Since the late 1990s, WRI has led the development of the forest watch service, which “unites satellite technology, open data, and crowdsourcing to guarantee access to timely and reliable information about forests.” The program uses more than half a billion high-res images from NASA’s Landsat program, which are organized with new algorithms created by the University of Maryland, and then made available for easy online access thanks to the cloud computing power of Google’s Earth and Maps engines. BBC News writes that high-res images of global tree loss and gain are updated annually while data on tropical forests is updated monthly.
The program’s ability to crowdsource information is particularly interesting. Campaigners and local communities can also submit data, pictures, and video on the ground. This picks up on an existing trend: “In Brazil, the Paiter Surui people are already using smart phones and GPS software to monitor illegal logging.”
The watch service will visualize protected areas, as well as concessions for logging, mining, and palm oil. For example, any user can look up whether a given area is protected or whether a company has the right to take down the trees there. Policymakers and regulators can now point to the map to see if laws are being followed on logging in vulnerable areas. Multinational companies like Nestle say it will enable them to better track where they supply palm oil and other ingredients. And sustainable forestry companies can better prove their products are coming from sanctioned places. Dr. Andrew Steer at WRI said: “Global Forest Watch is a near-real time monitoring platform that will fundamentally change the way people and businesses manage forests. From now on, the bad guys cannot hide and the good guys will be recognized for their stewardship.”
The world no longer has to rely on guesstimates. As Rebecca Moore, engineering manager with Google Earth, explained to Reuters: “With the exception of Brazil, none of the tropical forest countries have been able to report the state of their forests. Now it will be possible to have near real-time updates of the state of the world’s forests, open to anyone to use.”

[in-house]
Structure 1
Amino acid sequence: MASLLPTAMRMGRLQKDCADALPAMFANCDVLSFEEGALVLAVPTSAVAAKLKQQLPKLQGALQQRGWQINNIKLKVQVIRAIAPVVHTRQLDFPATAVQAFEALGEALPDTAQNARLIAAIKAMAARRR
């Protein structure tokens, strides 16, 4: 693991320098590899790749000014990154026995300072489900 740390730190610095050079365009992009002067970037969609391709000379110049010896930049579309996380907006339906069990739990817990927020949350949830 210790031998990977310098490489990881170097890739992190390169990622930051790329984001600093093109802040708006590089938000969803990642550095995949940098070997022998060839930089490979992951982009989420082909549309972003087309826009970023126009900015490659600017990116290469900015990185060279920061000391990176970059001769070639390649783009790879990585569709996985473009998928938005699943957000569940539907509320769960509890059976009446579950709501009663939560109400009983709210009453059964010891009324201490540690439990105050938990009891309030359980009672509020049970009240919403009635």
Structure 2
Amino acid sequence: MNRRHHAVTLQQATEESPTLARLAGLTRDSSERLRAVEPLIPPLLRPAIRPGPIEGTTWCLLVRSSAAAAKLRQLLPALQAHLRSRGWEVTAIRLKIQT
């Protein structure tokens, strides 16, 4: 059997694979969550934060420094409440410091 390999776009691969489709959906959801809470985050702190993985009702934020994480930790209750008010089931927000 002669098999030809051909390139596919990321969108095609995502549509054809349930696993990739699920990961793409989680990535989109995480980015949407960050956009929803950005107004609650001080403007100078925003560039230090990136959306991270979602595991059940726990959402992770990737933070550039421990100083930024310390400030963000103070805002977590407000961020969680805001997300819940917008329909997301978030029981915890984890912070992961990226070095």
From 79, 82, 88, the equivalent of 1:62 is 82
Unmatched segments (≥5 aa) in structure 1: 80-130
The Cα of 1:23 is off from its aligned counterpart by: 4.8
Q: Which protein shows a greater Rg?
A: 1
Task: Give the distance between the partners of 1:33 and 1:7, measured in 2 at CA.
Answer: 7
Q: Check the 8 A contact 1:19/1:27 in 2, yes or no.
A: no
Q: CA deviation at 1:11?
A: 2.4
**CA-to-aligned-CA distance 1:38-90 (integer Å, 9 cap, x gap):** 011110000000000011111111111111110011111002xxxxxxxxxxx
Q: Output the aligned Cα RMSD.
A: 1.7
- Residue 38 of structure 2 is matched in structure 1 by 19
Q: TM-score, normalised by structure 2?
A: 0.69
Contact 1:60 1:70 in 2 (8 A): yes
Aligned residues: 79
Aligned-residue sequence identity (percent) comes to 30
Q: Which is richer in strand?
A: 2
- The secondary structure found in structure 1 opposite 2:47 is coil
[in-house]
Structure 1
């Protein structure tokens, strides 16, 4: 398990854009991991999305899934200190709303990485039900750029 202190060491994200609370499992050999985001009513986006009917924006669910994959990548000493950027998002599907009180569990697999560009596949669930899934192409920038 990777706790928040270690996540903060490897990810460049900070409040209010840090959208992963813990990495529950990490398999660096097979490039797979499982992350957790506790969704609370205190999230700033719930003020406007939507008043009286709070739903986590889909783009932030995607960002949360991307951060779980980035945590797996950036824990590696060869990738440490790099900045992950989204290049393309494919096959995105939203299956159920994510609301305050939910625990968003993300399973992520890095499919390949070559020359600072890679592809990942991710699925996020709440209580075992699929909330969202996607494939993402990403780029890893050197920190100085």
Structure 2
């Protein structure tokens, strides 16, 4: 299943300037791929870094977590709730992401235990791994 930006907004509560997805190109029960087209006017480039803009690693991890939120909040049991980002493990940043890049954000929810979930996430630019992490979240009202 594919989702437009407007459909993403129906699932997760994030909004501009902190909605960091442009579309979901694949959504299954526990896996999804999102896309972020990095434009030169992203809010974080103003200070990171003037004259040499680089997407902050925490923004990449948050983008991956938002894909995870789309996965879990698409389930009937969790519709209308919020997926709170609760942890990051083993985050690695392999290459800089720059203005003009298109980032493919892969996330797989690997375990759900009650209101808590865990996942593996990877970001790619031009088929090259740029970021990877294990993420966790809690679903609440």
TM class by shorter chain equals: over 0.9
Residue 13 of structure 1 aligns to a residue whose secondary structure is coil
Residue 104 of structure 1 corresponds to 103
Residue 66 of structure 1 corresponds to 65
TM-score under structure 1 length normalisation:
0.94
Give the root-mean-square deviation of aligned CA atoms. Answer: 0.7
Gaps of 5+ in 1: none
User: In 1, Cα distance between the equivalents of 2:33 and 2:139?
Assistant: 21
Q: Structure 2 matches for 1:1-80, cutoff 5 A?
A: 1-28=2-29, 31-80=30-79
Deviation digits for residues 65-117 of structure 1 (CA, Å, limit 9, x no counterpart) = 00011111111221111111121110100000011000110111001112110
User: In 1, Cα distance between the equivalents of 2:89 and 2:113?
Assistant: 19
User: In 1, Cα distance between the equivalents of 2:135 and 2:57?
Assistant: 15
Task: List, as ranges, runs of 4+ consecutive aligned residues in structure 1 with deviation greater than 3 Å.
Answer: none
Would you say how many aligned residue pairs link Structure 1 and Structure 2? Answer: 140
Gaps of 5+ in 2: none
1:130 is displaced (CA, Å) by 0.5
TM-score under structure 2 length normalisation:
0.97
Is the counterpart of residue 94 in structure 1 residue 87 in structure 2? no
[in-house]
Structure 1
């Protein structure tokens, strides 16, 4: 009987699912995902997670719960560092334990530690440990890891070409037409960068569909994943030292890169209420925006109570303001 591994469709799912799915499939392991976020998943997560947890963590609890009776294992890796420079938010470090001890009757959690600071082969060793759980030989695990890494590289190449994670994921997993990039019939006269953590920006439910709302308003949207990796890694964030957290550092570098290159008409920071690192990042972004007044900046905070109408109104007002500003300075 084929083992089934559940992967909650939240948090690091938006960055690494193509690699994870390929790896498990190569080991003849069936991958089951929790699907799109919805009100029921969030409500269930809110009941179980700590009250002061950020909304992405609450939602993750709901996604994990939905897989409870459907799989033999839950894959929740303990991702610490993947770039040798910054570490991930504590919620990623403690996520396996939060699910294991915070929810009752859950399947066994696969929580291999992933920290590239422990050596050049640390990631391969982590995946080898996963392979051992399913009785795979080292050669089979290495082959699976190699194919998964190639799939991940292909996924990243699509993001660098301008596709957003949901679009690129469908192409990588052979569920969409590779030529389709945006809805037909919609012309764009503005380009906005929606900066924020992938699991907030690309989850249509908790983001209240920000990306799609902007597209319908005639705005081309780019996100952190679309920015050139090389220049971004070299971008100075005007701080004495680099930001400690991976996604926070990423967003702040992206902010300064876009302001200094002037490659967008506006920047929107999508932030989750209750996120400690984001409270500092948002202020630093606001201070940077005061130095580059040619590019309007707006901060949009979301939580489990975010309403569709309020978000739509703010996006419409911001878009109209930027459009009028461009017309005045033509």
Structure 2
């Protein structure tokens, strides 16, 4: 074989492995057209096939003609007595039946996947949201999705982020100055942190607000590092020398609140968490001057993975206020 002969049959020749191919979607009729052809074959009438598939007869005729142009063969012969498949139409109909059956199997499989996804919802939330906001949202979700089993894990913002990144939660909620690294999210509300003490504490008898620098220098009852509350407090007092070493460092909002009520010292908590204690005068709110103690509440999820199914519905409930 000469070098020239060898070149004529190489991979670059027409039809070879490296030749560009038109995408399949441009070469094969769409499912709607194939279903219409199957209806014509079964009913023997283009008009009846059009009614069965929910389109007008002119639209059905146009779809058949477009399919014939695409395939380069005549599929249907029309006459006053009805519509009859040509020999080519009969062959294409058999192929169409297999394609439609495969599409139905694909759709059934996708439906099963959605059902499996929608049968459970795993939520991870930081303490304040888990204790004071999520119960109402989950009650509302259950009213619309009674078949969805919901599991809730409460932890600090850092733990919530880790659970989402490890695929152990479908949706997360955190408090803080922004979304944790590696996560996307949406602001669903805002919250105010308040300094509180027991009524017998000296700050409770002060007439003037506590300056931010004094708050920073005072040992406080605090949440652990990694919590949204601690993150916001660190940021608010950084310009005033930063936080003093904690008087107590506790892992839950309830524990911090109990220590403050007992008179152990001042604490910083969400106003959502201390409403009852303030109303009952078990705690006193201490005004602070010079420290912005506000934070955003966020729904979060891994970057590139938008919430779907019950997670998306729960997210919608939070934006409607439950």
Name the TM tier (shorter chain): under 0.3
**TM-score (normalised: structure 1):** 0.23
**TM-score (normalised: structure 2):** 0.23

The trick will be getting out some final kinks, writes The Christian Science Monitor. Critics of the program say it currently can’t distinguish between forests and industrial plantations, a major problem given rows of palm trees shouldn’t really be counted as a forest, given these mono-cultures provide very few ecosystem services.
Also worth reading is “Networking Nature: How Technology Is Transforming Conservation,” a phenomenal article in the past issue of Foreign Affairs magazine. Conservation scientist Jon Hoekstra gives us many reasons to be optimistic about the power of new technologies. “Conservation is for the first time beginning to operate at the pace and on the scale necessary to keep up with, and even get ahead of, the planet’s most intractable environmental challenges. New technologies have given conservationists abilities that would have seemed like super powers just a few years ago.”
On the Benthemsquare in Rotterdam, Dutch landscape architecture firm De Urbanisten has finally achieved what they set out to do seven years ago: create a water park for the community fed entirely by storm water. Instead of hiding runoff in underground pipes and cisterns, the square has been designed to make water the main feature. The designers say this is the world’s first “water square.”
Storm water is channeled through stainless steel gutters into three basins. Two shallow ones collect water whenever it rains, while another deeper basin is reserved for overflows from heavier storms. To help people understand what will flood or not, everything that can flood is painted in shades of blue.
And all that transports water is shiny metal.
In summer, if there is flooding, the main basin could become a pond. If it’s not gunked up with oily residue and leaves, perhaps kids will be playing there. In winter, maybe there’s ice-skating. At least, this is the vision of the designers and community. (Apparently, this is OK in Rotterdam, unlike in the U.S. where there would be lawsuits galore).